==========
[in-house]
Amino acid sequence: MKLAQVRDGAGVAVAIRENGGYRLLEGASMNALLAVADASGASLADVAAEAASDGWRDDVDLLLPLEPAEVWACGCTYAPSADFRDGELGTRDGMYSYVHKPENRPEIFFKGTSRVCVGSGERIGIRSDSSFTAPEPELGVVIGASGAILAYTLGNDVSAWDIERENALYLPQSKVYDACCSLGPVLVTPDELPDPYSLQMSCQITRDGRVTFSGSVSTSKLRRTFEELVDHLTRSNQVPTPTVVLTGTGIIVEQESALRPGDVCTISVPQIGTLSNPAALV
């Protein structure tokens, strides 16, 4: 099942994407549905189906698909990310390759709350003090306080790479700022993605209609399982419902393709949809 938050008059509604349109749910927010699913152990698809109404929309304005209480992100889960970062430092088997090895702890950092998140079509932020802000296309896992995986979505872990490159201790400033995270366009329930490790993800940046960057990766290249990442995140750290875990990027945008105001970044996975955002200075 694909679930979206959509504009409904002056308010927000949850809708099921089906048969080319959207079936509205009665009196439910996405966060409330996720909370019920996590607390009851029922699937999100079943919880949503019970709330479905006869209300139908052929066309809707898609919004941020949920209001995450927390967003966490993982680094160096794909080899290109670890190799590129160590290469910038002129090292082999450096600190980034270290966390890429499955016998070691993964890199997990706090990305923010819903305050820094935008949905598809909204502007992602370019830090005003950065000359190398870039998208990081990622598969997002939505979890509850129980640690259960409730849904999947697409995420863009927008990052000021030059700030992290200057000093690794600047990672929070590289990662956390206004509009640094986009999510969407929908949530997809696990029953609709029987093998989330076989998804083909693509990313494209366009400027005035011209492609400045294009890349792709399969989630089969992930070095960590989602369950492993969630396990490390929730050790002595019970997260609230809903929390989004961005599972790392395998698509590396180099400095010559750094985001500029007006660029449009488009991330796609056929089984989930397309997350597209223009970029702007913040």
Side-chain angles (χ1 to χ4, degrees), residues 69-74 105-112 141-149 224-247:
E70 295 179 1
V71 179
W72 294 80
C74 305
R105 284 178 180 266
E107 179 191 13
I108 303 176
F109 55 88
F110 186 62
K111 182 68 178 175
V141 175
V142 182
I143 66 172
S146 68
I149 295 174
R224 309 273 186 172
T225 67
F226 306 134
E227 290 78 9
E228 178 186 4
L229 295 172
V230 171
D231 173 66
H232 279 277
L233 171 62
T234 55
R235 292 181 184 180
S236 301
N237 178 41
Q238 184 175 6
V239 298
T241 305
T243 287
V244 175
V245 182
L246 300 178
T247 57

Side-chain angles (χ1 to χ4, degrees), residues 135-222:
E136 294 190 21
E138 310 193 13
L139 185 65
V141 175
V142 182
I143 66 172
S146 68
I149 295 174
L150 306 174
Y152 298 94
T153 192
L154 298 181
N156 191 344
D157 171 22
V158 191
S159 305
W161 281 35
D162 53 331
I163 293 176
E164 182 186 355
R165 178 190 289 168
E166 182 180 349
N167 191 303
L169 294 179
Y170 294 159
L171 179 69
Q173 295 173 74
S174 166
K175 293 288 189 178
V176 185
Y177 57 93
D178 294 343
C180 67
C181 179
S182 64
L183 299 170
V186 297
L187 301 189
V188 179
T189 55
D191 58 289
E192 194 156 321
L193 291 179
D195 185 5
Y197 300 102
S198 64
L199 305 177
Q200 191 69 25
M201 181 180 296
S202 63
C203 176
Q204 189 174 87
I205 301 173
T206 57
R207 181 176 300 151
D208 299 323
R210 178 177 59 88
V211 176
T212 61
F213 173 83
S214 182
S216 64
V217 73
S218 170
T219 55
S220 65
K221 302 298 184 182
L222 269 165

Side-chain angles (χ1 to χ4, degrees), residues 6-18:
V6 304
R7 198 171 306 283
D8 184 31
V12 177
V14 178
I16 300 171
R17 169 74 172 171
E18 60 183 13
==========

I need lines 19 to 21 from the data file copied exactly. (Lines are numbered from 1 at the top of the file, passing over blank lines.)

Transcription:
I149 295 174
R224 309 273 186 172
T225 67